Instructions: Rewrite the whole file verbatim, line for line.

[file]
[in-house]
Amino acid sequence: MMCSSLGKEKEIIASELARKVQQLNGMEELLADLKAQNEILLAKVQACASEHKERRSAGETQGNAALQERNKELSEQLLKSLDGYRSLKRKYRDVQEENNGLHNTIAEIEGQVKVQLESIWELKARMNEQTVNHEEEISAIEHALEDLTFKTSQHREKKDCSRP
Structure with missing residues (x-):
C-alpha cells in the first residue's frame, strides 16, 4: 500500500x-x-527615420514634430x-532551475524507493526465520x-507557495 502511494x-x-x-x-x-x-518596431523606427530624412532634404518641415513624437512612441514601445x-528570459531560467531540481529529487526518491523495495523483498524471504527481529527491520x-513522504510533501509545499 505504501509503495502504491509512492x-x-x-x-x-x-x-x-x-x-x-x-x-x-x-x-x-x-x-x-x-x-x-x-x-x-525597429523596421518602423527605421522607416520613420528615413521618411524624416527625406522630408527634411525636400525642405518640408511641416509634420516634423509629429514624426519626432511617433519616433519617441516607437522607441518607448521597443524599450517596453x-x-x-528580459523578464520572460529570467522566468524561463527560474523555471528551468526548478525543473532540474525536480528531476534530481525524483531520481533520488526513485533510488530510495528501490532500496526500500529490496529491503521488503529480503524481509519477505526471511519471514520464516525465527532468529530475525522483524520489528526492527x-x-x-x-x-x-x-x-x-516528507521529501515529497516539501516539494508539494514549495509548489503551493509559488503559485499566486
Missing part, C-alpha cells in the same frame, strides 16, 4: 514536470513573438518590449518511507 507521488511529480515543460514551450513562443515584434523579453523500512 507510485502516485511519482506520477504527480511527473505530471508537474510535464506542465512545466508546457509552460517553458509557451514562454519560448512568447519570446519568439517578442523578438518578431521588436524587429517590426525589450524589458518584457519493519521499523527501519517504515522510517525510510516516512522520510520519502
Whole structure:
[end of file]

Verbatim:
[in-house]
Amino acid sequence: MMCSSLGKEKEIIASELARKVQQLNGMEELLADLKAQNEILLAKVQACASEHKERRSAGETQGNAALQERNKELSEQLLKSLDGYRSLKRKYRDVQEENNGLHNTIAEIEGQVKVQLESIWELKARMNEQTVNHEEEISAIEHALEDLTFKTSQHREKKDCSRP
Structure with missing residues (x-):
C-alpha cells in the first residue's frame, strides 16, 4: 500500500x-x-527615420514634430x-532551475524507493526465520x-507557495 502511494x-x-x-x-x-x-518596431523606427530624412532634404518641415513624437512612441514601445x-528570459531560467531540481529529487526518491523495495523483498524471504527481529527491520x-513522504510533501509545499 505504501509503495502504491509512492x-x-x-x-x-x-x-x-x-x-x-x-x-x-x-x-x-x-x-x-x-x-x-x-x-x-525597429523596421518602423527605421522607416520613420528615413521618411524624416527625406522630408527634411525636400525642405518640408511641416509634420516634423509629429514624426519626432511617433519616433519617441516607437522607441518607448521597443524599450517596453x-x-x-528580459523578464520572460529570467522566468524561463527560474523555471528551468526548478525543473532540474525536480528531476534530481525524483531520481533520488526513485533510488530510495528501490532500496526500500529490496529491503521488503529480503524481509519477505526471511519471514520464516525465527532468529530475525522483524520489528526492527x-x-x-x-x-x-x-x-x-516528507521529501515529497516539501516539494508539494514549495509548489503551493509559488503559485499566486
Missing part, C-alpha cells in the same frame, strides 16, 4: 514536470513573438518590449518511507 507521488511529480515543460514551450513562443515584434523579453523500512 507510485502516485511519482506520477504527480511527473505530471508537474510535464506542465512545466508546457509552460517553458509557451514562454519560448512568447519570446519568439517578442523578438518578431521588436524587429517590426525589450524589458518584457519493519521499523527501519517504515522510517525510510516516512522520510520519502
Whole structure: